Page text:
Jeffrey Theis

Professional Details

Title Professor
Department English
Office 35 Loring Ave 104
Phone 978.542.6845
Resume Jeffrey Theis
Photo of Jeffrey Theis

Recent and Upcoming Courses

ENG 761 Shakespeare Teacher's Institute With Actors' Shakespeare Project
ENL 110 Foundations of Writing
ENL 160 Literature I: Reading Broadly
ENL 161 Literature Ii: Reading Closely
ENL 340 Shakespeare I
ENL 341 Shakespeare II
FYEN 100 First Year Seminar (english)
IDS 600H Honors Seminar I
IDS 601H Honors Seminar II

Professional Biography

Ph.D., English, University of Wisconsin at Madison
M.A., English, University of Illinois at Chicago
B.A., English, Kenyon College

Professional Interests

English Renaissance writing, especially William Shakespeare and John Milton. I also am interested in ecocritical approaches (taking nature and environment into account) to early modern English writing. My recent book focuses on forests and pastoral, and my current book project attends to the relationship between architecture and nature in literary texts.


English Department faculty

Selected Publications


Writing the Forest in Early Modern England: A Sylvan Pastoral Nation. Duquesne University Press, 2009.


“Marvell’s “Upon Appleton House” and Tree-Felling: A Political Woodpecker,” in Ecological Approaches to Early Modern English Texts: A Field Guide to Reading and Teaching. Eds. Edward Geisweidt, Jennifer Munroe, and Lynne Bruckner. Ashgate Press, 2015. pp. 193-204.

"Ecocritical Milton," in Approaches to Teaching Milton's Paradise Lost, 2nd edition, ed. Peter Herman. New York: Modern Language Association, 2012.

"The 'purlieus of heaven': Milton's Eden as a Pastoral Forest," in Renaissance Ecology: Imagining Eden in Miltons England, ed. Ken Hiltner. Duquesne UP, 2008.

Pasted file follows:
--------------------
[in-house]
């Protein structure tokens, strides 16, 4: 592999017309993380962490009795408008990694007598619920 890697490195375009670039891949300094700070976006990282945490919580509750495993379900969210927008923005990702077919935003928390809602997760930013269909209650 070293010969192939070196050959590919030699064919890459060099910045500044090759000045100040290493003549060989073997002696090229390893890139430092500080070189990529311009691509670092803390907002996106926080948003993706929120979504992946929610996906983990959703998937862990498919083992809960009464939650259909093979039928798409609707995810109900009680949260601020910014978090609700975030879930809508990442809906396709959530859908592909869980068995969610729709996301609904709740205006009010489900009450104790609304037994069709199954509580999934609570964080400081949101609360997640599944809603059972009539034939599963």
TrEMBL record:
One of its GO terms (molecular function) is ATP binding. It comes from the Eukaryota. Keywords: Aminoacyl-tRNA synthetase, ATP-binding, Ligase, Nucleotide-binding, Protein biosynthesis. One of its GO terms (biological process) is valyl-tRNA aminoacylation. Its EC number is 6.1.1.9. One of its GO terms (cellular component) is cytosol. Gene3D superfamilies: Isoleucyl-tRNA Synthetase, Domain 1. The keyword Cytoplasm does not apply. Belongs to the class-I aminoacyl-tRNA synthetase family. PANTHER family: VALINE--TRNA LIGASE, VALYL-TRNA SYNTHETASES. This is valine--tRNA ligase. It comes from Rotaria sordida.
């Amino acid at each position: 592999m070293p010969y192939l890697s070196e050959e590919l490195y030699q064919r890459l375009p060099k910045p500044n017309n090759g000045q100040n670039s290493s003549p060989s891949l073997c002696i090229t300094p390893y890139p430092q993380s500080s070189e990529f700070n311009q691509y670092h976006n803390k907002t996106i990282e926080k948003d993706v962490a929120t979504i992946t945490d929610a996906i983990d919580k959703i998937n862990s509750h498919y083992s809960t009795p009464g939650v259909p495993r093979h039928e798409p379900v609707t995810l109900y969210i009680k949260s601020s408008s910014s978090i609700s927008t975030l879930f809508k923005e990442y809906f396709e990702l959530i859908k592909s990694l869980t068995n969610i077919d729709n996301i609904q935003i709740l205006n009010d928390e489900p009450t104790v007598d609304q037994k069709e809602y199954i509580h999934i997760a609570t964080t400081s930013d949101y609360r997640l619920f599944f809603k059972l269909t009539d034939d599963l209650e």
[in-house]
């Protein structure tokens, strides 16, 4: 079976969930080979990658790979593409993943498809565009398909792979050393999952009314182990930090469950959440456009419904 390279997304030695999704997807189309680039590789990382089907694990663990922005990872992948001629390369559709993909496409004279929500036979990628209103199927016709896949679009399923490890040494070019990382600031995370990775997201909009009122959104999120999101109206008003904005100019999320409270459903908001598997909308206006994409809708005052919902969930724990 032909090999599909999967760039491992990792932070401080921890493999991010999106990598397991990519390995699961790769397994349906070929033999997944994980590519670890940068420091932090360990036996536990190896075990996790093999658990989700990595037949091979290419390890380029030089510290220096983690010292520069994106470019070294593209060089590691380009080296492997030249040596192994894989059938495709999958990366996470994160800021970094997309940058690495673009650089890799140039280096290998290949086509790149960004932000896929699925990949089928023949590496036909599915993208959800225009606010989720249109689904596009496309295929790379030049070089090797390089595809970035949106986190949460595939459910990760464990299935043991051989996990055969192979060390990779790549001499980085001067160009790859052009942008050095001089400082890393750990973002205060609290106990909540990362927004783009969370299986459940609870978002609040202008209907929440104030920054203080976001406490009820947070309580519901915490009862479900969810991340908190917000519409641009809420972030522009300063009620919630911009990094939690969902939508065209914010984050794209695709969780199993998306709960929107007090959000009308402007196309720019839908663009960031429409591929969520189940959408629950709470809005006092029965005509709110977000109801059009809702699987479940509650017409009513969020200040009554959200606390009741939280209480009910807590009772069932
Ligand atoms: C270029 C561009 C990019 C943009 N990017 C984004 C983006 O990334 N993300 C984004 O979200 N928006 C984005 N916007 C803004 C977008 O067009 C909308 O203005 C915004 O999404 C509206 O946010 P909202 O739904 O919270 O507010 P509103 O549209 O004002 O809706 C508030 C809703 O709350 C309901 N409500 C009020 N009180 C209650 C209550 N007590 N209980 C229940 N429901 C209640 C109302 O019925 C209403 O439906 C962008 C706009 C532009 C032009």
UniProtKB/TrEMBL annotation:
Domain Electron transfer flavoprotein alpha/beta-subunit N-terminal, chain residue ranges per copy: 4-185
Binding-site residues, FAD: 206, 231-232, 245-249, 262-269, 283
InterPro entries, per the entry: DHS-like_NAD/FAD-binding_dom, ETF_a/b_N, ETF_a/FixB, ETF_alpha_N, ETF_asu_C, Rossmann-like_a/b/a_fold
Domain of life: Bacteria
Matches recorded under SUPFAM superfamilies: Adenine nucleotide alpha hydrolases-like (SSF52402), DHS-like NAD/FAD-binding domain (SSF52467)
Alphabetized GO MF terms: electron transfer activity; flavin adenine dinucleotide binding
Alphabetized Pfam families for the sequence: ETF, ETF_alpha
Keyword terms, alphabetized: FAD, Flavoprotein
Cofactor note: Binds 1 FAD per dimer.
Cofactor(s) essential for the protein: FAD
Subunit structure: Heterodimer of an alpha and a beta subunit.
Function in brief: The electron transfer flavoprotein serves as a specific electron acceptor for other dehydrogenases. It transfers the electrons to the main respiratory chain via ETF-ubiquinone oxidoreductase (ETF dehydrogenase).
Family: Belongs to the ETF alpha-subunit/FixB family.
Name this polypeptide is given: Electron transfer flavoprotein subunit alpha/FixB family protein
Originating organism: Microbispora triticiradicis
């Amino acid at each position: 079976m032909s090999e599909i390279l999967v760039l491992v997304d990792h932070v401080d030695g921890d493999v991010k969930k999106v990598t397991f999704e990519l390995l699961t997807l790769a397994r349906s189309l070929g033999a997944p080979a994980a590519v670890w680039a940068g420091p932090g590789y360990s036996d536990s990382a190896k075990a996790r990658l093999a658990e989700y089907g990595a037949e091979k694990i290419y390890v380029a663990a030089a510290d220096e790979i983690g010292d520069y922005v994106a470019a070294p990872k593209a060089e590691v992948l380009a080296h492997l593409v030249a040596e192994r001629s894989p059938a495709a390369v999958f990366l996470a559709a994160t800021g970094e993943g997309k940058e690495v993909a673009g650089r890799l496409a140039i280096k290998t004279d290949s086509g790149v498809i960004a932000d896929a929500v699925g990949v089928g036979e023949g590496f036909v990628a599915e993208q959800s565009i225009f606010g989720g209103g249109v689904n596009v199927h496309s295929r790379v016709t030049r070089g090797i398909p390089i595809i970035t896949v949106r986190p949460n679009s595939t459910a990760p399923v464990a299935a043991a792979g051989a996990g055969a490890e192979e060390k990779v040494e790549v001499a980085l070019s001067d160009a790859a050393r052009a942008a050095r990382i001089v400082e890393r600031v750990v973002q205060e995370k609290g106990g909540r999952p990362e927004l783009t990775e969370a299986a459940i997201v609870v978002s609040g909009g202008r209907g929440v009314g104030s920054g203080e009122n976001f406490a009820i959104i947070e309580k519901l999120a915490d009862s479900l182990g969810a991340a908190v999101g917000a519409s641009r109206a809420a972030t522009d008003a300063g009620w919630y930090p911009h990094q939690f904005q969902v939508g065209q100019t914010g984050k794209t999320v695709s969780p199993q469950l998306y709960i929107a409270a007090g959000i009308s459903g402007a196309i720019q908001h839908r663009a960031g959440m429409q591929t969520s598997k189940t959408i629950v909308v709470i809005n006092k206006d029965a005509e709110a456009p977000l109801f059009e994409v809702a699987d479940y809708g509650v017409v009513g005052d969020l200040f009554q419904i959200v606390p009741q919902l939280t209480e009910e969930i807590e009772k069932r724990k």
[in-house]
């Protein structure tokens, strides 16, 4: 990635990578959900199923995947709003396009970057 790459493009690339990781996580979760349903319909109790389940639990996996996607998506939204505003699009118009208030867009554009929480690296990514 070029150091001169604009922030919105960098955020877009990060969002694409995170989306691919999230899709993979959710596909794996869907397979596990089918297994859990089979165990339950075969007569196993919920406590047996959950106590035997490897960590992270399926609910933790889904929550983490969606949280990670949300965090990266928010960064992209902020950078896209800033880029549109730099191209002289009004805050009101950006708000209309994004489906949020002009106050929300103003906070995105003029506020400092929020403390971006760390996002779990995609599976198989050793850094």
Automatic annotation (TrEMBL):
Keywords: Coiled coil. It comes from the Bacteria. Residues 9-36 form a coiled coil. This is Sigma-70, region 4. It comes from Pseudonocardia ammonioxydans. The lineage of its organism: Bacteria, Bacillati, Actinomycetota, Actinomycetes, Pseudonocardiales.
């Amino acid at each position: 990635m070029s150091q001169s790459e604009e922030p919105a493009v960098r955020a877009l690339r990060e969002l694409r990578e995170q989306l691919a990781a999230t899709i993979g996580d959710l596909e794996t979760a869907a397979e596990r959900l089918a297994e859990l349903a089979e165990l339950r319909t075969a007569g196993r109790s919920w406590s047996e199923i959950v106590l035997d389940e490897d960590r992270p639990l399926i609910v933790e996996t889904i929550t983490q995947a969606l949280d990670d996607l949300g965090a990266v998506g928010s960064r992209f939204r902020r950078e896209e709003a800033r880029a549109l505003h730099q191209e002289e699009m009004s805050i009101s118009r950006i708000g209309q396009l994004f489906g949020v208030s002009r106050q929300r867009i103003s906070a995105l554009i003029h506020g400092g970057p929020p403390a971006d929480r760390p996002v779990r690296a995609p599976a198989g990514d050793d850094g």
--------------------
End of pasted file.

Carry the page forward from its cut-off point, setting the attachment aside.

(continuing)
"Collegiality and the Department Mailbox: Subdivide and Conquer," Profession 2006. New York: Modern Language Association, 2006.

"Milton's Principles of Architecture," English Literary Renaissance 35:1 (Winter, 2005): 102-122.

"The 'ill-killd Deer:' Poaching and Social Order in The Merry Wives of Windsor," Texas Studies in Literature and Language 43.1 (Spring, 2001): 46-73.

Selected Presentations

“Early Modern Houses and Dwelling from a Sustainability Perspective,” for the seminar session “Shakespeare and the Histories of Sustainability,” Shakespeare Association of America, New Orleans, LA, March 23-26, 2016.

"The Private and the Social: ‘Natural' Architecture and Dwelling in Cymbeline and The Tempest," for the seminar "Theater and Geography: Comparative Perspectives," Shakespeare Association of America, Boston, MA, April 5-7, 2012.

"Connecting the Arts and Humanities through Shakespeare: A Model for Multidisciplinary Approaches and Collaborations" session with Dr. Elizabeth Kenney from Salem State and Lori Taylor, Project Director for Actors' Shakespeare Project, for the conference "Arts & Humanities: Toward a Flourishing State," Association of American Colleges and Universities, Providence, RI, November 5, 2011.

"Primitive Architecture, Temporary Dwelling? Cells, Caves, and Environment in The Tempest and Cymbeline," for the seminar entitled "Green Scenes in Shakespeare," Shakespeare Association of America, Bellevue, WA, April 7-9, 2011.

"Common Theft and Appropriation: Shakespeare's Robin Hoods and the Spatial Politics of Woodland Common," for the seminar "The Common," Shakespeare Association of America, Chicago, April 1-3, 2010.

"Transient Milton: Place, Home, and Movement in Milton's Life and Poetry," The Ninth International Milton Symposium, London, July 7-11, 2008.